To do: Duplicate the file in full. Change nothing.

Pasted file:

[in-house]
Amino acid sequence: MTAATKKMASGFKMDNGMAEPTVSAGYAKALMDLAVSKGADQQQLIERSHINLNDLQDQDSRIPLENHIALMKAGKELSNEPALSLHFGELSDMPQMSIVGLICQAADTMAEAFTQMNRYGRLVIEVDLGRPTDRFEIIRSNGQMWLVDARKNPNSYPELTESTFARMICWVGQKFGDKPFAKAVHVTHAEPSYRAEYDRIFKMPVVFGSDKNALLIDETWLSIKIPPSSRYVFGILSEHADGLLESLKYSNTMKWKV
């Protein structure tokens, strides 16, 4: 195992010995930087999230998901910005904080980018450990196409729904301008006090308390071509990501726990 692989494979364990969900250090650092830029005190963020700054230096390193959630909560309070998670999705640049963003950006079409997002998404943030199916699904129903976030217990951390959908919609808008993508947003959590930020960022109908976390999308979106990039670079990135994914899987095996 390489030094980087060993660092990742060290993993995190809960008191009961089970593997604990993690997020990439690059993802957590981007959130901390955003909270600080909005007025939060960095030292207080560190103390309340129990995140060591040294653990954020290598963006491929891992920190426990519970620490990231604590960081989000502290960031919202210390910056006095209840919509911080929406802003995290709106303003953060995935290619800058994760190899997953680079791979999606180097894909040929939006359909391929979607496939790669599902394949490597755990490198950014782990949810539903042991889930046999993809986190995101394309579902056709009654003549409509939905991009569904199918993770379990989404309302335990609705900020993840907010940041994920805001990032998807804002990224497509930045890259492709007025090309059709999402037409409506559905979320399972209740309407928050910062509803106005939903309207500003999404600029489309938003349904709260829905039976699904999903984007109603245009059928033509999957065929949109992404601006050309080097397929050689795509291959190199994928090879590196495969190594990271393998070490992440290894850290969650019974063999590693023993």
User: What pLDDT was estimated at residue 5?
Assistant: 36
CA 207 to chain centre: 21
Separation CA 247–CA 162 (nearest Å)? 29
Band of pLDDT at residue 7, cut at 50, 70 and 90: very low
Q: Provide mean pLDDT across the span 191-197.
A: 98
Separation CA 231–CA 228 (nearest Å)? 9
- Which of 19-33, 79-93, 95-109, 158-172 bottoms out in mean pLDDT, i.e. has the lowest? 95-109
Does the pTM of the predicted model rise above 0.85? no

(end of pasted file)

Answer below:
[in-house]
Amino acid sequence: MTAATKKMASGFKMDNGMAEPTVSAGYAKALMDLAVSKGADQQQLIERSHINLNDLQDQDSRIPLENHIALMKAGKELSNEPALSLHFGELSDMPQMSIVGLICQAADTMAEAFTQMNRYGRLVIEVDLGRPTDRFEIIRSNGQMWLVDARKNPNSYPELTESTFARMICWVGQKFGDKPFAKAVHVTHAEPSYRAEYDRIFKMPVVFGSDKNALLIDETWLSIKIPPSSRYVFGILSEHADGLLESLKYSNTMKWKV
């Protein structure tokens, strides 16, 4: 195992010995930087999230998901910005904080980018450990196409729904301008006090308390071509990501726990 692989494979364990969900250090650092830029005190963020700054230096390193959630909560309070998670999705640049963003950006079409997002998404943030199916699904129903976030217990951390959908919609808008993508947003959590930020960022109908976390999308979106990039670079990135994914899987095996 390489030094980087060993660092990742060290993993995190809960008191009961089970593997604990993690997020990439690059993802957590981007959130901390955003909270600080909005007025939060960095030292207080560190103390309340129990995140060591040294653990954020290598963006491929891992920190426990519970620490990231604590960081989000502290960031919202210390910056006095209840919509911080929406802003995290709106303003953060995935290619800058994760190899997953680079791979999606180097894909040929939006359909391929979607496939790669599902394949490597755990490198950014782990949810539903042991889930046999993809986190995101394309579902056709009654003549409509939905991009569904199918993770379990989404309302335990609705900020993840907010940041994920805001990032998807804002990224497509930045890259492709007025090309059709999402037409409506559905979320399972209740309407928050910062509803106005939903309207500003999404600029489309938003349904709260829905039976699904999903984007109603245009059928033509999957065929949109992404601006050309080097397929050689795509291959190199994928090879590196495969190594990271393998070490992440290894850290969650019974063999590693023993």
User: What pLDDT was estimated at residue 5?
Assistant: 36
CA 207 to chain centre: 21
Separation CA 247–CA 162 (nearest Å)? 29
Band of pLDDT at residue 7, cut at 50, 70 and 90: very low
Q: Provide mean pLDDT across the span 191-197.
A: 98
Separation CA 231–CA 228 (nearest Å)? 9
- Which of 19-33, 79-93, 95-109, 158-172 bottoms out in mean pLDDT, i.e. has the lowest? 95-109
Does the pTM of the predicted model rise above 0.85? no